The geniuses at the airline screwed up. They overbooked my plane. A woman with chopsticks in her hair approached me.
“Sir?” she said in a the-principal-will-see-you
I congratulated her.
Thus, she offered to compensate me and my wife:
We could either (a) stay in the Hartsfield-Jackson Atlanta International Airport for four hours, or (b) ride home with a herd of USDA registered scrub cattle on the next Norfolk Southern livestock car.
“Can we at least get food vouchers?” I countered.
“How about bottled waters?” she said.
These people don’t even try.
I had a seat. The elderly man next to me had dandelion-fuzz for hair. He laughed at me. I suppose he knew what I’m too young to know. Life doesn’t give food vouchers.
He was talkative. He rolled up one of his shirtsleeves and showed me a medicated patch on his arm.
“It’s for motion-sickness,” he said. “I’m flying to Texas to see my kids.”
He gets nausea so bad he can’t ride in the backseat of a car without chanting Psalms. Because of this, he hasn’t boarded a plane since the sixties.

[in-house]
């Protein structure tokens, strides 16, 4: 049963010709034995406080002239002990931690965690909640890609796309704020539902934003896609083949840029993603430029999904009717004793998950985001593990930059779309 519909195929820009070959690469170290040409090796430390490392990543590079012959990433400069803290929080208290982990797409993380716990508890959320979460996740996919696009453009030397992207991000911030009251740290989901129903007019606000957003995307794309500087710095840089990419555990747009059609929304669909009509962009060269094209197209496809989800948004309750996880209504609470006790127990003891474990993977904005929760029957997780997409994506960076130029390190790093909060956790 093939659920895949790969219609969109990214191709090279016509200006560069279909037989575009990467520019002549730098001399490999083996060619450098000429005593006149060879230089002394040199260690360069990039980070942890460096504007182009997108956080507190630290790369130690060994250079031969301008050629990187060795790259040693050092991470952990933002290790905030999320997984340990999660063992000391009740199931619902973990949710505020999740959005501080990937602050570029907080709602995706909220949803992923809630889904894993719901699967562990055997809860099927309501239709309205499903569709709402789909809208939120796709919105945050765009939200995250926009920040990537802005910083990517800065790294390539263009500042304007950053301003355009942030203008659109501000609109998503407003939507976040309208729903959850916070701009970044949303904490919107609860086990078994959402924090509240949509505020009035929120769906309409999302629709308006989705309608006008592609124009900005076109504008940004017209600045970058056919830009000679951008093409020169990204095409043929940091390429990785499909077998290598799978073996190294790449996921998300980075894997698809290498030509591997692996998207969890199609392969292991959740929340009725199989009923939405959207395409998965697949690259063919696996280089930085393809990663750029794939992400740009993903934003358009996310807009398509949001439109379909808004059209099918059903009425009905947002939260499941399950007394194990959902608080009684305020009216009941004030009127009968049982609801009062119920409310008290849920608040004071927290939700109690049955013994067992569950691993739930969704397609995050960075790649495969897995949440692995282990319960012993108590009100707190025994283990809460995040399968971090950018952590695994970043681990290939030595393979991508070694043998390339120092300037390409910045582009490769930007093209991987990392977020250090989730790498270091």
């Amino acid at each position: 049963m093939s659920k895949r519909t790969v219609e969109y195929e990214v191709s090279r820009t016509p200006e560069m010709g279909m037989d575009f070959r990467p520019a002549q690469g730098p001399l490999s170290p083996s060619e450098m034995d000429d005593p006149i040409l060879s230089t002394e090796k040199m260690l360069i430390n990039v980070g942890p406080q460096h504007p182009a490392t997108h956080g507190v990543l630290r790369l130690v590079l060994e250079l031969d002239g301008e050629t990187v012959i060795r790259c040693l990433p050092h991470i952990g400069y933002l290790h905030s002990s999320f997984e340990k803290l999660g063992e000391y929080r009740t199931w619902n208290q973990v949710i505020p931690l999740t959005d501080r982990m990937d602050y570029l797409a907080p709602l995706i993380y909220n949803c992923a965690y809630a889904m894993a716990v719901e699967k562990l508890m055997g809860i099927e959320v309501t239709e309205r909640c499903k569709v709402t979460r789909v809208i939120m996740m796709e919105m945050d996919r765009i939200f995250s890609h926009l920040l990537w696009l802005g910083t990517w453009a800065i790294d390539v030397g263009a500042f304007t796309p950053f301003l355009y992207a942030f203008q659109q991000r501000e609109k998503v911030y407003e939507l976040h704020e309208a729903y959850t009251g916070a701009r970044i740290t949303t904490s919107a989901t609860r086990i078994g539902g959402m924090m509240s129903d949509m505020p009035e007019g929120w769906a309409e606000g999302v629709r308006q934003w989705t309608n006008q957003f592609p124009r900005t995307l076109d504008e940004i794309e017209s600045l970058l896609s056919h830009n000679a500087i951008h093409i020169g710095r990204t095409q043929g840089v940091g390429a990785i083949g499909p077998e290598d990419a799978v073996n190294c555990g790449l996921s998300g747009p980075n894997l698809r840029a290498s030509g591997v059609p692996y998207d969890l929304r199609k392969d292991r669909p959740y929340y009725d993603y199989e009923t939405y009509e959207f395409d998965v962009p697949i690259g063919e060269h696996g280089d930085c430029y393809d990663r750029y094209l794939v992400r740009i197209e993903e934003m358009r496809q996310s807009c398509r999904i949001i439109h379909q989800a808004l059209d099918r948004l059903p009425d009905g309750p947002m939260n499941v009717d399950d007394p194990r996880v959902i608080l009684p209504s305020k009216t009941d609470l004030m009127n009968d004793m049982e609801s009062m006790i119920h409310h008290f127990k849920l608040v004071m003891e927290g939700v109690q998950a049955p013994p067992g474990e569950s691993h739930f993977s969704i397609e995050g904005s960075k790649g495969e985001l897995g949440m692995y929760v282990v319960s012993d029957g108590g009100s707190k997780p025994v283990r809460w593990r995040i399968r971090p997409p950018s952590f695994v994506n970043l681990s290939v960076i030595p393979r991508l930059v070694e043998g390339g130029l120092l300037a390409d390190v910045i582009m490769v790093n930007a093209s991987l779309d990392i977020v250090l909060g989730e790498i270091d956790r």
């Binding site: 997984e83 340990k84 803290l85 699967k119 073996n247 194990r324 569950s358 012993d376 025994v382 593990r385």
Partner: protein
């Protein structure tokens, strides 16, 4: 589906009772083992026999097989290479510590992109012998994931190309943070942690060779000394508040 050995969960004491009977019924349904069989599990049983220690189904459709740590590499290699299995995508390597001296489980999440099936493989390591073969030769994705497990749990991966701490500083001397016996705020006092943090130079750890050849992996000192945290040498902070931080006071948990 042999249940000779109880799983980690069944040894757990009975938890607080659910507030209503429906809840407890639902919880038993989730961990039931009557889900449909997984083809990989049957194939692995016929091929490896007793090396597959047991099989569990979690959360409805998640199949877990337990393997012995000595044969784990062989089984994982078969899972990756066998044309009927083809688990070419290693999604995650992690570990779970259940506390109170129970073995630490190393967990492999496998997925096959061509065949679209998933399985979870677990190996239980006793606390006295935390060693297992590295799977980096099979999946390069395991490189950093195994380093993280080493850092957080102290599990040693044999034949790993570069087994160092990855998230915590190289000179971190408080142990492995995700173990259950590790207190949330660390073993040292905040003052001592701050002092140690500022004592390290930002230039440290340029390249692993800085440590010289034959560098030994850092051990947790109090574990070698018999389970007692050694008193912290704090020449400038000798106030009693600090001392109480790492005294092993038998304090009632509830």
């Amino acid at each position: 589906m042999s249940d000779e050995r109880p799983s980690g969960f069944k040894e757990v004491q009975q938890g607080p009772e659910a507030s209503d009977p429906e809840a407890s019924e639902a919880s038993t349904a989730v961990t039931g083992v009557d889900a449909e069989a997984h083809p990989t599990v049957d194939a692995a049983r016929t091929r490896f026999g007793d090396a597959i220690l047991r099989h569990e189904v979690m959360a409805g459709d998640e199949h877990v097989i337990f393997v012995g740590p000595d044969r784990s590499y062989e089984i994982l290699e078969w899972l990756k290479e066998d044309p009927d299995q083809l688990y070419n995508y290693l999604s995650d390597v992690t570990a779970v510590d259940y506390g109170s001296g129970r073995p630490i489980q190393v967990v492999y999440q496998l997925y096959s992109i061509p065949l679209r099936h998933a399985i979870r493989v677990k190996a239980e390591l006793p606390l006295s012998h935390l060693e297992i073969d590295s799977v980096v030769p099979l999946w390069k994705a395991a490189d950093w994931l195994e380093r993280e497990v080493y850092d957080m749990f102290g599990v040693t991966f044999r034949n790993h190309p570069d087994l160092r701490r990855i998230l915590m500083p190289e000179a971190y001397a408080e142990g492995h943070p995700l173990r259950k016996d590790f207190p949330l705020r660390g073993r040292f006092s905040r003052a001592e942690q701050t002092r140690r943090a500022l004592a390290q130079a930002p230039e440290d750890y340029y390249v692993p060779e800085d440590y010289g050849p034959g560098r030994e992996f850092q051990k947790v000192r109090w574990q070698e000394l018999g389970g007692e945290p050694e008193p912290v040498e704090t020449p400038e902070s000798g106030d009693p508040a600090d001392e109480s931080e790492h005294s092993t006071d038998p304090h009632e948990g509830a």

“I am deathly afraid of planes,” he explained. “I get sick anytime the floor moves.”
The first time he used serious medication for motion-sickness was on a cruise a few years ago. He went on the cruise for his wife.
Because for his entire marriage, he’d refused nautical activities—since nausea is its own kind of Purgatory.
The couple lived slow-paced lives. They hardly traveled. They raised two kids and led a quiet existence outside Atlanta.
Until her diagnosis.
It was bad. A mastectomy. Chemo. She wasted away. Treatment bought her little time. That’s when something in him changed.
“I decided, ‘Hell with it,’” he said. “The doc gimme this anti-puke patch and my wife and I spent a week on a Carnival cruise. I was sick as a dog, but I loved seeing her happy. I miss her every second.”
She died later that year. He tells me he would’ve taken a hundred more cruises if he could have.
“Time moves fast,” he said. “That’s what young people forget.”
As it happens, I forget. Often. He’s right, time is moving quicker than it used to. My whole life seems like it just started last Friday.
The pinewood cars we built as Boy Scouts. Good dogs who’ve gone on to Glory. People I’ve lost. Friends I’ve lost touch with. Where has it all gone.
I’ve changed, too. I’ve gotten slower. During childhood, I could march across the world in under two hours. Today, that’s not enough time to fix a sandwich.
The old man says, “Can I give you some advice?”
“Do all the things that really scare you. Make yourself do’em. It’s good for you.”
The intercom announced his flight.
“Wish me luck,” he said. “I’m so nervous.”
He walked to the gate and presented the hostess a boarding pass which he wore around his neck. He waved to me. I returned the favor.
Good luck, sir.
I’m grateful our flight was delayed.